The UK Border Agency has seized its largest ever haul of cocaine, after a six-day search of a million pound luxury yacht.
The 1.2 tonnes of cocaine, enough to supply a third of the UK's yearly demand, was found beneath the bathing deck of the yacht in Southampton docks in June.
The street value of the drug is thought to be around £300million, with a purity of 90 percent, which is significantly higher than the average 63 percent purity of seized cocaine.
The yacht was transported to Southampton from the British Virgin Islands in a cargo ship.
UKBA also uncovered €40000 in cash and a firearm on the yacht.
Damian Green, Immigration Minister, said: "This was a significant drugs seizure which was made possible by the cooperation of our international partners. UK Border Agency staff have shown vigilance, dedication and determination to uncover this shipment.
"Our efforts have helped bring an international crime gang to book and the message is clear; we will investigate and prosecute anyone who tries to smuggle banned substances through the UK border.
"By keeping the border secure we play a key role in stopping drugs entering the UK and in reducing the harm they do to our communities. We aim to protect society from the violence and corruption that always accompanies the trade in illegal goods."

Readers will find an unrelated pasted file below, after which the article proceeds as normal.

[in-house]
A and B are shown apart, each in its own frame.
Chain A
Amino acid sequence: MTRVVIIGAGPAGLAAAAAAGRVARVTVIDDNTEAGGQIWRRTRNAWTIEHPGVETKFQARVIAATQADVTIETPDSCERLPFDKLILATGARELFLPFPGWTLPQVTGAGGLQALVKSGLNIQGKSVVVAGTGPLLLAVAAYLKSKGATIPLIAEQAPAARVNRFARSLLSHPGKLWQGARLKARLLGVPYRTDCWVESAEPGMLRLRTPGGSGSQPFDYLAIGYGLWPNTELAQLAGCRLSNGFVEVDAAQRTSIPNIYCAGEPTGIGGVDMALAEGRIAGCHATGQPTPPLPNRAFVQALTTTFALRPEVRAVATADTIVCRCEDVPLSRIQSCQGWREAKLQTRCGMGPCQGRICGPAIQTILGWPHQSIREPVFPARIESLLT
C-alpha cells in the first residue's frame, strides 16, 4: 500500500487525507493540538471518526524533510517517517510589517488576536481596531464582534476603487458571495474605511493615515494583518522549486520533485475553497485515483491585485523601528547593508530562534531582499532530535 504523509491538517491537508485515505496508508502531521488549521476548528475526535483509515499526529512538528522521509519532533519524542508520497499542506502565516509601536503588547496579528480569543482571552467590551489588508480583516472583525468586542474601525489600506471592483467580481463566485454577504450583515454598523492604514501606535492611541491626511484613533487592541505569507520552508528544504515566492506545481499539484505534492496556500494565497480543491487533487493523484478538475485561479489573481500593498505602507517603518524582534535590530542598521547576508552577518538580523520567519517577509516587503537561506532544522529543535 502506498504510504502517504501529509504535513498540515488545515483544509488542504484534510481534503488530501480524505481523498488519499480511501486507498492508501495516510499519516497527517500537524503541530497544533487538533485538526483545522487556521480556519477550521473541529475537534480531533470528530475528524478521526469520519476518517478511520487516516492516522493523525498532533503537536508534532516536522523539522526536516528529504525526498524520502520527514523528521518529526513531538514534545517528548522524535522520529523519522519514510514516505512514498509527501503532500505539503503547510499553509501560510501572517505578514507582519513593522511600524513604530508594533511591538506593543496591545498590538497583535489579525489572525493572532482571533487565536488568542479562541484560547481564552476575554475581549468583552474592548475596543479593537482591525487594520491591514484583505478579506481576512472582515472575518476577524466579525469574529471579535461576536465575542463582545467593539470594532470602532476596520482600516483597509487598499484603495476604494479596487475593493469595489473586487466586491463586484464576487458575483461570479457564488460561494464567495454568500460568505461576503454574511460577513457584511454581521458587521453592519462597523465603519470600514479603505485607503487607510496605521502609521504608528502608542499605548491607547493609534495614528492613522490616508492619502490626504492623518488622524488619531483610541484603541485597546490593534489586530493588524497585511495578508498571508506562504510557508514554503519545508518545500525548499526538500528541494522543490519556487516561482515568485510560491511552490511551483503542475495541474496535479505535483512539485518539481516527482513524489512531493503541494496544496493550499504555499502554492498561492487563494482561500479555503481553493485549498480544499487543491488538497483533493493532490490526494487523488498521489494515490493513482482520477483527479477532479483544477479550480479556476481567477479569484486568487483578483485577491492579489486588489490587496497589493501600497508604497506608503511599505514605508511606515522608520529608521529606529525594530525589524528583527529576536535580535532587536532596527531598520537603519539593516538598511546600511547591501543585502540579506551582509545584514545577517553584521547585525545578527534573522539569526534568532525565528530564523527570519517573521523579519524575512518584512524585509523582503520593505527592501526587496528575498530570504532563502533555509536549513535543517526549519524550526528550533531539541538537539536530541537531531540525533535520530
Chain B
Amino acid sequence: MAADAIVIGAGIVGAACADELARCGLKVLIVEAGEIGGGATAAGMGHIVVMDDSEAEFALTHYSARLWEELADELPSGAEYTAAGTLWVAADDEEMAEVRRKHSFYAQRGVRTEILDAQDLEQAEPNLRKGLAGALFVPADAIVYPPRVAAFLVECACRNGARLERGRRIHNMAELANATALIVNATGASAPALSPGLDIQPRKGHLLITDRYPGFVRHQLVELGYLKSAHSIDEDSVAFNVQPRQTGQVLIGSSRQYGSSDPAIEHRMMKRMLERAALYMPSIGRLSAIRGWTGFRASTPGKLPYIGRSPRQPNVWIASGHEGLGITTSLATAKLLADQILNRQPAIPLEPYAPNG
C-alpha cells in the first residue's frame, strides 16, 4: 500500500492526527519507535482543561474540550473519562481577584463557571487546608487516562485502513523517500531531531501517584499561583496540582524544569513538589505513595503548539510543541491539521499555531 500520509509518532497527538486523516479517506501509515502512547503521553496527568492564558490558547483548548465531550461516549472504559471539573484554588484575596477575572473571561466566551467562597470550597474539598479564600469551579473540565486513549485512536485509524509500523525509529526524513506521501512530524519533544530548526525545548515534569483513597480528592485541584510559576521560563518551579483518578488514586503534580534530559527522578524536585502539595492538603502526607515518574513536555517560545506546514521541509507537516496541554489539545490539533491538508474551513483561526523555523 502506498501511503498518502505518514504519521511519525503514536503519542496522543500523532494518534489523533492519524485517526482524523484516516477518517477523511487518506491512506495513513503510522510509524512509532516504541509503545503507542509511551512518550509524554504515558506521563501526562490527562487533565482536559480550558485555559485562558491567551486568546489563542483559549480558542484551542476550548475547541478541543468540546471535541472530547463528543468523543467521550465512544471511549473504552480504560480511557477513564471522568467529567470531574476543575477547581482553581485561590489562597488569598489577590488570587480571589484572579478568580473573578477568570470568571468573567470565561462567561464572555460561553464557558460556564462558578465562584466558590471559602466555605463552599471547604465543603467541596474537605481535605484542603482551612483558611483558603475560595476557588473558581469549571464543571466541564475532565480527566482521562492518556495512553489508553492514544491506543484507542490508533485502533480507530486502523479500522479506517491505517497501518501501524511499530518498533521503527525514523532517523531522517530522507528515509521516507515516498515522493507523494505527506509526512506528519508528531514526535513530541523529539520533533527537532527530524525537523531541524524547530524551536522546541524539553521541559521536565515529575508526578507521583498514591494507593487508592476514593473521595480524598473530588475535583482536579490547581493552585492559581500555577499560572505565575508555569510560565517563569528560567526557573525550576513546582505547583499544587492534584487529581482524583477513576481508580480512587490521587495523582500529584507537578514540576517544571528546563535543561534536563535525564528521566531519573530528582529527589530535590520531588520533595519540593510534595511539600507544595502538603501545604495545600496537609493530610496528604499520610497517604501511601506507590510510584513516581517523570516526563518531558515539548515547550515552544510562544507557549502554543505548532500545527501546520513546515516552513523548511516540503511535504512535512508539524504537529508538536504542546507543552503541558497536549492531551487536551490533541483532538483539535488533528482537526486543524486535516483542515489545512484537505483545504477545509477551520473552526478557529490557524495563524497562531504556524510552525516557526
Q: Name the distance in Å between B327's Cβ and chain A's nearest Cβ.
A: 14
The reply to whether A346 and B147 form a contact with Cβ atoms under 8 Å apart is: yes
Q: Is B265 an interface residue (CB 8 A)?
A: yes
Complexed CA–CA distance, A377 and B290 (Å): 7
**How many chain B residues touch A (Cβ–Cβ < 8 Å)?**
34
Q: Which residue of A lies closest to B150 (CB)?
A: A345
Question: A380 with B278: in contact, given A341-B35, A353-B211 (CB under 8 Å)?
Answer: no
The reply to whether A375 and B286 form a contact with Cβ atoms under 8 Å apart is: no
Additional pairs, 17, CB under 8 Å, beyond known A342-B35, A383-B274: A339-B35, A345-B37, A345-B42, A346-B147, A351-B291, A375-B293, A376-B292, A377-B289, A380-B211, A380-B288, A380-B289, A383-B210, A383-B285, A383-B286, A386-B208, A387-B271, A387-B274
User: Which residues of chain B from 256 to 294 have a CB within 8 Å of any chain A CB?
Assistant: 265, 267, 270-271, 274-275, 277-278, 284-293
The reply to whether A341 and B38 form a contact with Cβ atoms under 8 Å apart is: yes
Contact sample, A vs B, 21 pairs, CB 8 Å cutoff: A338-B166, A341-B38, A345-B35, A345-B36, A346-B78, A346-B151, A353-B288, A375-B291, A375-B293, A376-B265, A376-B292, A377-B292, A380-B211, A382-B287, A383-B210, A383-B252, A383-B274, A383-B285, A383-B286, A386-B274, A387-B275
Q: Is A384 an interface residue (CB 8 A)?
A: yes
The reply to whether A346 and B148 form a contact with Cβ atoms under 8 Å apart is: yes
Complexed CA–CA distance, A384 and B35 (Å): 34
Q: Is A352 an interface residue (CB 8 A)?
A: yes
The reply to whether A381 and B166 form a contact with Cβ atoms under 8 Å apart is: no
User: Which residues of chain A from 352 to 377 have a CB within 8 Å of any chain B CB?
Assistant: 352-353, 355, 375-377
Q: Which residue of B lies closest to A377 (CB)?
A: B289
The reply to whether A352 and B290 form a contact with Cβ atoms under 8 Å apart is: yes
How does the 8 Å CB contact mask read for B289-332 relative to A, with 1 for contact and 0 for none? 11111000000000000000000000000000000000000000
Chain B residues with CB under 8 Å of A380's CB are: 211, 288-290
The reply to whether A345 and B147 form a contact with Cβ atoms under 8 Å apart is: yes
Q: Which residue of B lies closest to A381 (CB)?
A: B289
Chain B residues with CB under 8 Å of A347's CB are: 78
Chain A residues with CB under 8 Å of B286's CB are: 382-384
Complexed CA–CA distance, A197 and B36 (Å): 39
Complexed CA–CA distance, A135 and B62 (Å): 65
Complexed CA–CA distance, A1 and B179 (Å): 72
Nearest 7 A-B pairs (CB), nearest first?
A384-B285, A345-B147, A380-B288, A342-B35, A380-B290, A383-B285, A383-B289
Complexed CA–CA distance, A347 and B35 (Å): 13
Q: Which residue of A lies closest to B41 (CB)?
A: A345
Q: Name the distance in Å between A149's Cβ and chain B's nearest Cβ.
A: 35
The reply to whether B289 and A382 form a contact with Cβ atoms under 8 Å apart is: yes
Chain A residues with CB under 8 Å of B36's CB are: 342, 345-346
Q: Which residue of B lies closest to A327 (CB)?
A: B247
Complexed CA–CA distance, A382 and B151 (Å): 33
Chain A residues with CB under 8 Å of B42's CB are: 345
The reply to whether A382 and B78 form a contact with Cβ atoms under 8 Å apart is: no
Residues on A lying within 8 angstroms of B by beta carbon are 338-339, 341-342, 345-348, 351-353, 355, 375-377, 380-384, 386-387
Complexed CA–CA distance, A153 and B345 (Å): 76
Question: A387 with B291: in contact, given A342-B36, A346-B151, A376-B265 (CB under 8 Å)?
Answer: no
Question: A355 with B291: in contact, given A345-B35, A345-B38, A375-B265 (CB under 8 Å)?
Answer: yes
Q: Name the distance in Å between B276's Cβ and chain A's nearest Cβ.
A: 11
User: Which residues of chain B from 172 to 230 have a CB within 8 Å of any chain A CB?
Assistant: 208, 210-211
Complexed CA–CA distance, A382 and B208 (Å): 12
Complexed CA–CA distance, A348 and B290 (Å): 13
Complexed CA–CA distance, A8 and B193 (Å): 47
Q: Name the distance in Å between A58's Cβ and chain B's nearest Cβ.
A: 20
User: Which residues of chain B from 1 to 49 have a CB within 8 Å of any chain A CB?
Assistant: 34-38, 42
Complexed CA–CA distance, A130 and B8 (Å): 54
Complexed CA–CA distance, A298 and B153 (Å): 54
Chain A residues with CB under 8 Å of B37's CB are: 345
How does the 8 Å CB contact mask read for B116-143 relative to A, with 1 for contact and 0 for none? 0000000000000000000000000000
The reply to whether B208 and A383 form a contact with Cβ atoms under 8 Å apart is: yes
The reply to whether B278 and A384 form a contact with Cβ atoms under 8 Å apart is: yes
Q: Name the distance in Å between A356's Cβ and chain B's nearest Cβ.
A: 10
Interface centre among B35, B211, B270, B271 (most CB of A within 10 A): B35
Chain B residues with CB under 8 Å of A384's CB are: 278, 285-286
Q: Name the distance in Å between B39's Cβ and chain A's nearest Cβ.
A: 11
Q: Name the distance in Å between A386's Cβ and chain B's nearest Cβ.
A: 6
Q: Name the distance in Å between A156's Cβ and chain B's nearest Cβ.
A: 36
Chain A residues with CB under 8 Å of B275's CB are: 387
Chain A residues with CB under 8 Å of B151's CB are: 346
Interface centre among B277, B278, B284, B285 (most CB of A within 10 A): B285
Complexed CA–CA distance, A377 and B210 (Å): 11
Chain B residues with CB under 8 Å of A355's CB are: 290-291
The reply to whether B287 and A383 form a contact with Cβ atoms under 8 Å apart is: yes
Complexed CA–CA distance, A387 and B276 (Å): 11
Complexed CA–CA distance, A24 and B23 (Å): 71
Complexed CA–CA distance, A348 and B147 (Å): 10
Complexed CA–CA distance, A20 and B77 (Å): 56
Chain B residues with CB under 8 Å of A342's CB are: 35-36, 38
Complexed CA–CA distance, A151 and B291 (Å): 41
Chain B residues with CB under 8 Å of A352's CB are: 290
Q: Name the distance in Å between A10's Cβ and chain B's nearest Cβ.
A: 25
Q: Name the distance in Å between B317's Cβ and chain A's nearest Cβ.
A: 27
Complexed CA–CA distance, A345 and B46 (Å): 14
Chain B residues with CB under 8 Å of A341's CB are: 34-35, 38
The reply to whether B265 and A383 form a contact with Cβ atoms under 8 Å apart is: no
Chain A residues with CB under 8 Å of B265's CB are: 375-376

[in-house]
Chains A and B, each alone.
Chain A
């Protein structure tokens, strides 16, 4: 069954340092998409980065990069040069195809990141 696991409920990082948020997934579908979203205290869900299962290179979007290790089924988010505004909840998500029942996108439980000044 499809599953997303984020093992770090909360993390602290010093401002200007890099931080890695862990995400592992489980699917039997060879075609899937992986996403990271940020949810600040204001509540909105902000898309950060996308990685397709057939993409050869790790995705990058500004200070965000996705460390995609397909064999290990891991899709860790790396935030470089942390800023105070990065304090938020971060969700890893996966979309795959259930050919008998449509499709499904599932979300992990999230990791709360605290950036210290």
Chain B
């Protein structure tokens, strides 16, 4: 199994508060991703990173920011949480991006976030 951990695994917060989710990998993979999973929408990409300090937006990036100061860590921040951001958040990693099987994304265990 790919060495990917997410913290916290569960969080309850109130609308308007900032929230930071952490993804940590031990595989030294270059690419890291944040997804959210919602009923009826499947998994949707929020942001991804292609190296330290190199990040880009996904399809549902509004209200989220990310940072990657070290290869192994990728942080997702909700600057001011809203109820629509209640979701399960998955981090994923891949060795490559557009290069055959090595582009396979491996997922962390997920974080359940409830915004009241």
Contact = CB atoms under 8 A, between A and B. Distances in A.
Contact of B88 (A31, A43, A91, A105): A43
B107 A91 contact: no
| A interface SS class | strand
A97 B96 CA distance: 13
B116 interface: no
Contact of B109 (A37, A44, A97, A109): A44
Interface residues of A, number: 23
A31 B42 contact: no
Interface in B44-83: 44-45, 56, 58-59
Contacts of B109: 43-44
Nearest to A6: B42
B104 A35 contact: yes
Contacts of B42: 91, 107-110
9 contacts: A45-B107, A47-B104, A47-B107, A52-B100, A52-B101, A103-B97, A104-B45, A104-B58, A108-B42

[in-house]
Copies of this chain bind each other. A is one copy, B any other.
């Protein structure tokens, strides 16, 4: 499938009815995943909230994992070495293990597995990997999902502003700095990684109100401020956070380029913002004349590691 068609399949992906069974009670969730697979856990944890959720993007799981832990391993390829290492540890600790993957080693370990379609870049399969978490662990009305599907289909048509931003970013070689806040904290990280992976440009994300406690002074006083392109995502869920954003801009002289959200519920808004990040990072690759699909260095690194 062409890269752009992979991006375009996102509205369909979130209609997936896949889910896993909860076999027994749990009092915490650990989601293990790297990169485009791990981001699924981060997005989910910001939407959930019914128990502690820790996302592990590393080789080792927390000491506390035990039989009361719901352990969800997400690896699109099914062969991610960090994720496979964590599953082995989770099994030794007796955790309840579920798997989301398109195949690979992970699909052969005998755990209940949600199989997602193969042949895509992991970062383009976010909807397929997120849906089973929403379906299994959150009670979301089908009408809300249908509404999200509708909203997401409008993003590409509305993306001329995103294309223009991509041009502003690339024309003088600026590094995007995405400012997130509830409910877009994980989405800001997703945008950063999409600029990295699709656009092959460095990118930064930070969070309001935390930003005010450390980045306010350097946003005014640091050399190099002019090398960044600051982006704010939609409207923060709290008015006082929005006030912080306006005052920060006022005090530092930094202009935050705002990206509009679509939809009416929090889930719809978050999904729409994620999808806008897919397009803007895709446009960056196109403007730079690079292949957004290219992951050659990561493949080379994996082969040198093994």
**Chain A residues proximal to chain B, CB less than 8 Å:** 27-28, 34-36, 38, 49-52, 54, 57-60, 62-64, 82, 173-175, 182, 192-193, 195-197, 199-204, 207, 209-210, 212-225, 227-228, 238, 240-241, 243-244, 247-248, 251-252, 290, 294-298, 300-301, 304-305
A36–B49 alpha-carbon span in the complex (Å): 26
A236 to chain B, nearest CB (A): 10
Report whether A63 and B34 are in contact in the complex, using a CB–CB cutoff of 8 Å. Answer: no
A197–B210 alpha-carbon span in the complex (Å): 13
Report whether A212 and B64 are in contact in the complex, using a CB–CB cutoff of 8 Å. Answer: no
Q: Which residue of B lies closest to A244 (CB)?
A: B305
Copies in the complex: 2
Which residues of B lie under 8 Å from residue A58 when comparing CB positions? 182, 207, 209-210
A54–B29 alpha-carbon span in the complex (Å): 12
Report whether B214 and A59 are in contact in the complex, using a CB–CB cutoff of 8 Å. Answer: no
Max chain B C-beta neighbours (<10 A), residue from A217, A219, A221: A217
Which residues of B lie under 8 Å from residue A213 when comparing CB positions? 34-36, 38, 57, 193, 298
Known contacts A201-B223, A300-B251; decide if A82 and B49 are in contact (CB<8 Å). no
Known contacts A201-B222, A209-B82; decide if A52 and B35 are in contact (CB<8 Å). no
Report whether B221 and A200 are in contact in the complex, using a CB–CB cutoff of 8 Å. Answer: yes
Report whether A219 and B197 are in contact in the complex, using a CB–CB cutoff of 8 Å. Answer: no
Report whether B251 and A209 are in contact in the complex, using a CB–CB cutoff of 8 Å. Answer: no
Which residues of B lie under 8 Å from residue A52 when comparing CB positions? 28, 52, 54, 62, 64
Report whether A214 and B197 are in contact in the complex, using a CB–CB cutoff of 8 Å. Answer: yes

Dutch National Crime Squad (DNCS) have since arrested six men in the Netherlands and Belgium, with the assistance of British police. The whole operation combined intelligence from the Serious Organised Crime Agency and French Customs Authorities.
DNCS recovered €100,000, two Harley Davidson motorcycles, two guns, a silencer and class B drug ecstasy when arresting the men.
The boat owner, 60, was arrested in Meppel. His three sons aged 27, 32 and 34 were arrested in Waalwijk and Heusden. They are thought to be an organised crime gang.
Wilbert Paulissen, head of the Dutch National Crime Squad, said: "The arrest of the six members of an organised crime group and seizure of 1.2 tonnes of high quality cocaine are the results of Operation Parsons carried out by the Dutch National Crime Squad under authority of the Dutch National Public Prosecutors Office.
"This operation was successful because of persistence and patience, but above all because of excellent cooperation with other law enforcement agencies such as the Maritime Analysis and Operations Centre and the UK Border Agency. The operation must be seen as a victorious part of a campaign in the fight against organized crime."